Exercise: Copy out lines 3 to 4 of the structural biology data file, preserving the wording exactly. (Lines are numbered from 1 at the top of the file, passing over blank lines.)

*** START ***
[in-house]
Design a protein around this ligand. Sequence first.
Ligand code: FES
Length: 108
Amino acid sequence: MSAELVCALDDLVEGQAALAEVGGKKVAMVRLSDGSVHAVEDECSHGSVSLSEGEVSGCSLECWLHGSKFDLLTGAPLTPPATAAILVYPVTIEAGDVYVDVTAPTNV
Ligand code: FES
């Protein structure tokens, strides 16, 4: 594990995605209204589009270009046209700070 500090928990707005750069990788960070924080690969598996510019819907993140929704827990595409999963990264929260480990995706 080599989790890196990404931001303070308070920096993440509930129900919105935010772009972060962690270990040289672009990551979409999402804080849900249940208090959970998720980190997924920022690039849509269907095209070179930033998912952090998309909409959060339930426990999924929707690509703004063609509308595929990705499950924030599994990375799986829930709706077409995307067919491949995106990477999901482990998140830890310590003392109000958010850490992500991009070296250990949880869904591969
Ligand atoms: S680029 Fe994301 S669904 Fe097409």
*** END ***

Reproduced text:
Ligand code: FES
Length: 108